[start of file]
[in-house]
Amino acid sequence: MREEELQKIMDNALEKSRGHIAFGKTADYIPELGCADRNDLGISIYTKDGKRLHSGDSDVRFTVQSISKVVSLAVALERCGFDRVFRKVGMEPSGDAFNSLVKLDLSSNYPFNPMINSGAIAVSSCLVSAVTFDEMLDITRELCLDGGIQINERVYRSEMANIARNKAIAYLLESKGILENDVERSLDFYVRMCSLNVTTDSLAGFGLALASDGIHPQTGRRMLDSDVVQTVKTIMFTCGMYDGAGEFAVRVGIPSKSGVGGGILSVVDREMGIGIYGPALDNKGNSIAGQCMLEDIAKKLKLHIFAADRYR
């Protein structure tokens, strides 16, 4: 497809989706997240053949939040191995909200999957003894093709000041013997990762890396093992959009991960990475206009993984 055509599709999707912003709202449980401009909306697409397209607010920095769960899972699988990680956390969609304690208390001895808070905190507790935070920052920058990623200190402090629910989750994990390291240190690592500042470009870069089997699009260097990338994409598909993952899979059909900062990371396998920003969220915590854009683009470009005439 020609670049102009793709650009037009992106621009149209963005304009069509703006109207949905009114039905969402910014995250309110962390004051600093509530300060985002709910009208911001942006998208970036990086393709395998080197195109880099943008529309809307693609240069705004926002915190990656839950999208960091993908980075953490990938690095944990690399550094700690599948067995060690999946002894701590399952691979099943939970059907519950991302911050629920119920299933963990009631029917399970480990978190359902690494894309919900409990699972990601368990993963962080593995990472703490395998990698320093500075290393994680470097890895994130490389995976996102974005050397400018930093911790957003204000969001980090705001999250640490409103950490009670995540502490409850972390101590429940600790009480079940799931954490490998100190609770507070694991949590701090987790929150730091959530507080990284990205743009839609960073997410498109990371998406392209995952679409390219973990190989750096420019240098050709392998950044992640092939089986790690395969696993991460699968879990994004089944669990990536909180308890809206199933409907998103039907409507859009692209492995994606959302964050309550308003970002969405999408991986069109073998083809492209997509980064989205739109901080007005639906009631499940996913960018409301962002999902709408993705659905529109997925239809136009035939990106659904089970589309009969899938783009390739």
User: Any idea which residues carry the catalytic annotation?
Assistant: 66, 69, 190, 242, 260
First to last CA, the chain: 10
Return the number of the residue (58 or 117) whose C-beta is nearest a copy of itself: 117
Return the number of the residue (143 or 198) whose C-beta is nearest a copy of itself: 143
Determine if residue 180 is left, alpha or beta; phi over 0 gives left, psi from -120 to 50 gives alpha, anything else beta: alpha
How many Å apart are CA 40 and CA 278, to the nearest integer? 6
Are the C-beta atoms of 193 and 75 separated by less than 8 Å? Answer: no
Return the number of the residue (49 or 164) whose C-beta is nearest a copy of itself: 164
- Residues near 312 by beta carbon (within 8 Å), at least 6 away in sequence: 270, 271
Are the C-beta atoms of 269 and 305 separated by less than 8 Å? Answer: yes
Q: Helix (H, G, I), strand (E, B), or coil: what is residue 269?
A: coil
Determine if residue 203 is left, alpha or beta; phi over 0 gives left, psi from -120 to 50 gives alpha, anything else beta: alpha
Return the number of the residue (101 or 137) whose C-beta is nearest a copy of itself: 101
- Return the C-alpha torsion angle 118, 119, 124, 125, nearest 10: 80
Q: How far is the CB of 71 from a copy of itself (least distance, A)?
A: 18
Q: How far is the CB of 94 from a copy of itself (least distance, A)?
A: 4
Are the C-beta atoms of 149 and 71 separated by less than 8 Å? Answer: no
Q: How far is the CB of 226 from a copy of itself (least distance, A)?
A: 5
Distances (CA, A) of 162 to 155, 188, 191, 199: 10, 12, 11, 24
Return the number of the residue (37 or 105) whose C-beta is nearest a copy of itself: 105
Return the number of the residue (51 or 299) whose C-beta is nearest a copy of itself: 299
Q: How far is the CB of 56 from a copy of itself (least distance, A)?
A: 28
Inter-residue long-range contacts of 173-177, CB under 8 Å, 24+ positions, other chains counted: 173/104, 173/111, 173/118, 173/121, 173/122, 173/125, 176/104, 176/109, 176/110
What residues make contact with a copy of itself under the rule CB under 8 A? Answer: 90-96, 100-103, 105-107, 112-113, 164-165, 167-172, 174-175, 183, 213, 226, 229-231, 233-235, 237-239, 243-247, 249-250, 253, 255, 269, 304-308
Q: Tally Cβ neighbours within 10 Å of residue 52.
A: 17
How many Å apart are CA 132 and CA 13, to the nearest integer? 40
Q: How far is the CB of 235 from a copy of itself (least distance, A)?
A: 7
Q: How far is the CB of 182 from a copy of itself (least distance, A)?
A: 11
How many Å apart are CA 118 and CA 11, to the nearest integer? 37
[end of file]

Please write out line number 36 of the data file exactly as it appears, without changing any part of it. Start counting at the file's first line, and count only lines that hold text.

How many Å apart are CA 132 and CA 13, to the nearest integer? 40